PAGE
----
Our Economic Diplomacy researcher Cyril Prinsloo speaks to Angelo Coppola from China Global Television Network about the New Development Bank and its potential to advance infrastructure development in South Africa and the rest of the continent.
President Cyril Ramaphosa recently completed his first official tour of the Southern African Development Community (SADC) region since becoming South Africa’s fifth president, visiting Angola, Botswana and Namibia.
It’s a familiar sight at border posts: women with baskets groaning under the weight of fresh produce, cheap manufactured goods or handicrafts ready to be traded on the other side.
Against a backdrop of rising nationalist protectionism in some parts of the world, we recently hosted a workshop to unpack regional integration and trade facilitation issues in Africa through a gender sensitive lens. The event was also an opportunity to share practical solutions to boosting inclusive trade and development.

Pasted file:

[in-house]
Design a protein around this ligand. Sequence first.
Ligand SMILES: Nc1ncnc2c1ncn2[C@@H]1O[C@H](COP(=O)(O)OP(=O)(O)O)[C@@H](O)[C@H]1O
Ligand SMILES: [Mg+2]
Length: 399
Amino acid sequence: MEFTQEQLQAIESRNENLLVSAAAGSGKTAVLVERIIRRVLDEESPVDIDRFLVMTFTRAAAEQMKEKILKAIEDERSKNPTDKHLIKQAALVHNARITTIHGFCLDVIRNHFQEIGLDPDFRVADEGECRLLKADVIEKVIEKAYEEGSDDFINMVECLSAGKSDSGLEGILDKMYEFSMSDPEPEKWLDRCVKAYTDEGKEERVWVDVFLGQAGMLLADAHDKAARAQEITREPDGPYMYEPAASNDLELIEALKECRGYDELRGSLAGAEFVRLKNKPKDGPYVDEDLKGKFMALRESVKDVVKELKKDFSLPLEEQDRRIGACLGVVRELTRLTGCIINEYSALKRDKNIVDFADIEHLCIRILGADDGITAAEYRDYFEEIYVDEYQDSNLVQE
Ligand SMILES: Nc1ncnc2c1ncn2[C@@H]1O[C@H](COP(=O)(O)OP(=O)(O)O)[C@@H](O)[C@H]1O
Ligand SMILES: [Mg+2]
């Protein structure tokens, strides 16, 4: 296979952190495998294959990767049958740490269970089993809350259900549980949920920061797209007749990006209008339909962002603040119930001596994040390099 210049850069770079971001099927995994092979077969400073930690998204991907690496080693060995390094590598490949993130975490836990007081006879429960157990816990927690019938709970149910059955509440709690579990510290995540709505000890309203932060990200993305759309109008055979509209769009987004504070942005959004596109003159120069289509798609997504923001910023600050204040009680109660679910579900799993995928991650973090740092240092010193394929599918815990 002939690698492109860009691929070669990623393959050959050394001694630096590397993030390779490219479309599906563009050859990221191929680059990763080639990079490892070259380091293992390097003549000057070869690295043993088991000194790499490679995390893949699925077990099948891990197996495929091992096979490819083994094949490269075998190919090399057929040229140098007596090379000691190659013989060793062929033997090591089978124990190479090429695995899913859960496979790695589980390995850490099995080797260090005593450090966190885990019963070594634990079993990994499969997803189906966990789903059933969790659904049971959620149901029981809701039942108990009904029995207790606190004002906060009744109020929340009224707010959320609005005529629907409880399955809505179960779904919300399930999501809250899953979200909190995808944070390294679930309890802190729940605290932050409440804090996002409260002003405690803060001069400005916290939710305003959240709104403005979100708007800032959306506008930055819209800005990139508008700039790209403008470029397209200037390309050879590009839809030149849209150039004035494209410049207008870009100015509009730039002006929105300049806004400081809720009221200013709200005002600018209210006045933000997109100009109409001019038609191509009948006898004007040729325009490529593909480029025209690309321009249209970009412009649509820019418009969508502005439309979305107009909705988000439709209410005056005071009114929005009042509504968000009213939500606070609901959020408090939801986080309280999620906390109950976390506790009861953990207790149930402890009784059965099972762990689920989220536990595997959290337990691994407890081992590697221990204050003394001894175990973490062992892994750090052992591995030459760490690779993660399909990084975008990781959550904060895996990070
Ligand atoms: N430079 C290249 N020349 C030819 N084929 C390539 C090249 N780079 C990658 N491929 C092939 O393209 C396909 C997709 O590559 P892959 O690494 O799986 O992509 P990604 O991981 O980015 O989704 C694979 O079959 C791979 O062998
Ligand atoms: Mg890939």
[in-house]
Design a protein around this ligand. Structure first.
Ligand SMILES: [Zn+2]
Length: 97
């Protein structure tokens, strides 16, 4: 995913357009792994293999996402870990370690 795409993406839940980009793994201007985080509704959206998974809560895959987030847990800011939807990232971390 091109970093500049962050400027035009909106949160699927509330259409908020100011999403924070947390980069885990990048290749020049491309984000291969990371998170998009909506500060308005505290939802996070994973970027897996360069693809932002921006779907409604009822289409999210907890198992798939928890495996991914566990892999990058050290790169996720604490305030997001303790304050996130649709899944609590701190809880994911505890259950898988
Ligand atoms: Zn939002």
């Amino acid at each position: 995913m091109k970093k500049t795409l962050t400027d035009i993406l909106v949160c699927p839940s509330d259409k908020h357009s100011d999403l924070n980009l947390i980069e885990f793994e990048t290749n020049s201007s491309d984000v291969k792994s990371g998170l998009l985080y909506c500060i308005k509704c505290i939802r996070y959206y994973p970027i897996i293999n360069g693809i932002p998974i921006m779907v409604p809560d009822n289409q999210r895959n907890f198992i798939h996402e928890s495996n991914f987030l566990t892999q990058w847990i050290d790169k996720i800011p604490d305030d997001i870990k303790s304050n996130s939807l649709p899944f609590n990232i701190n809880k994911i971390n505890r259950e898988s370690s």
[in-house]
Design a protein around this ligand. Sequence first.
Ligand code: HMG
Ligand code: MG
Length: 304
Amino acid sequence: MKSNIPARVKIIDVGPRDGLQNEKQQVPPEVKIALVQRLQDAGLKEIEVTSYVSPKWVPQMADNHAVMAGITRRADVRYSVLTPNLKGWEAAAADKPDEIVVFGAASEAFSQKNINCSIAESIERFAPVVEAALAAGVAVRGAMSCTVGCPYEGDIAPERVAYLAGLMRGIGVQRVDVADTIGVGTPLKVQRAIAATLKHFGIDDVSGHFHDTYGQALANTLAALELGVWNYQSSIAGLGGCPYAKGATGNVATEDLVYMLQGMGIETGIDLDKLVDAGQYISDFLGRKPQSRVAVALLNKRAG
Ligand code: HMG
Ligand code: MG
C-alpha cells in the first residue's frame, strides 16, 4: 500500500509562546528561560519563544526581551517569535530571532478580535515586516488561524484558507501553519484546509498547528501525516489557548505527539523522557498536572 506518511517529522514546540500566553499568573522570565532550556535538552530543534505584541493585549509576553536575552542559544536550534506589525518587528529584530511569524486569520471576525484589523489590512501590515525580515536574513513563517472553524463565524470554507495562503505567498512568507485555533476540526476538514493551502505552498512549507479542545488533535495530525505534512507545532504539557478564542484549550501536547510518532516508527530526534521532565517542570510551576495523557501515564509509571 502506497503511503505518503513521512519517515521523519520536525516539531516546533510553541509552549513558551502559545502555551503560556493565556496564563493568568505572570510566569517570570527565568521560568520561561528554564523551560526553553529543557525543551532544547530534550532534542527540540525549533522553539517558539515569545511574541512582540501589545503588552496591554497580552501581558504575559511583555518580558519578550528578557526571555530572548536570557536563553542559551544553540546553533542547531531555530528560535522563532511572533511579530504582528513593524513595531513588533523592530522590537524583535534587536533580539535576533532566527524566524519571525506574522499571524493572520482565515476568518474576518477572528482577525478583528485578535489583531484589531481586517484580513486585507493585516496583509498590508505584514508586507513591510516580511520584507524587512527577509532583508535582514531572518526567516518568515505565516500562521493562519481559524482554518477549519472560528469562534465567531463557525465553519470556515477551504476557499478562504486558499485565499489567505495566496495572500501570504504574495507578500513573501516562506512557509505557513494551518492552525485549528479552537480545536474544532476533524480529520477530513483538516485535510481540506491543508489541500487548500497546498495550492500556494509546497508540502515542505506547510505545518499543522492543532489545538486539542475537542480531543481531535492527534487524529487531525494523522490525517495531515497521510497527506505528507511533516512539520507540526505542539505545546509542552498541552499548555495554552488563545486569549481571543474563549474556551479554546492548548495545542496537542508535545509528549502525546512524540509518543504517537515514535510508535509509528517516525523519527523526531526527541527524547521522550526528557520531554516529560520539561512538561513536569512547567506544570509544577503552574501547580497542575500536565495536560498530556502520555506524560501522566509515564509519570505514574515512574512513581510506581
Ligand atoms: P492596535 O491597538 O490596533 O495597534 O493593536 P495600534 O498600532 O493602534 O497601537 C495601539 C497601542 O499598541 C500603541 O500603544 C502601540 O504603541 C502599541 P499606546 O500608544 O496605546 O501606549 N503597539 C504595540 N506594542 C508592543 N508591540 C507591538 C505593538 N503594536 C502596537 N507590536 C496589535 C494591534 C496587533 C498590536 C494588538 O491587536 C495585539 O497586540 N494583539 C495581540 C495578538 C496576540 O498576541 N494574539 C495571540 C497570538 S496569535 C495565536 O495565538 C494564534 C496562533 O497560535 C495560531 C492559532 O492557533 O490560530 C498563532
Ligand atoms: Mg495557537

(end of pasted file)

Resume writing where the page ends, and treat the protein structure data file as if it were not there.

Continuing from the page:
In 2017, more than one hundred countries began discussions on the Global Compact for Safe, Orderly and Regular Migration and the Global Compact on Refugees. Both seek to arrive at agreed-upon principles and commitments among UN states on issues facing migrants and refugees with the goal of creating a framework for international cooperation. A 2018 report from the International Organization for Migration (IOM) estimates that there are currently 244 million international migrants, or 3.3 percent of the global population. Meanwhile, the twenty-first century has witnessed a dramatic increase in refugees, to 22.5 million globally, and internally displaced people, to 40.3…
Position: SAIIA-KAS Visiting Scholar
Position: SAIIA-KAS Visiting Scholar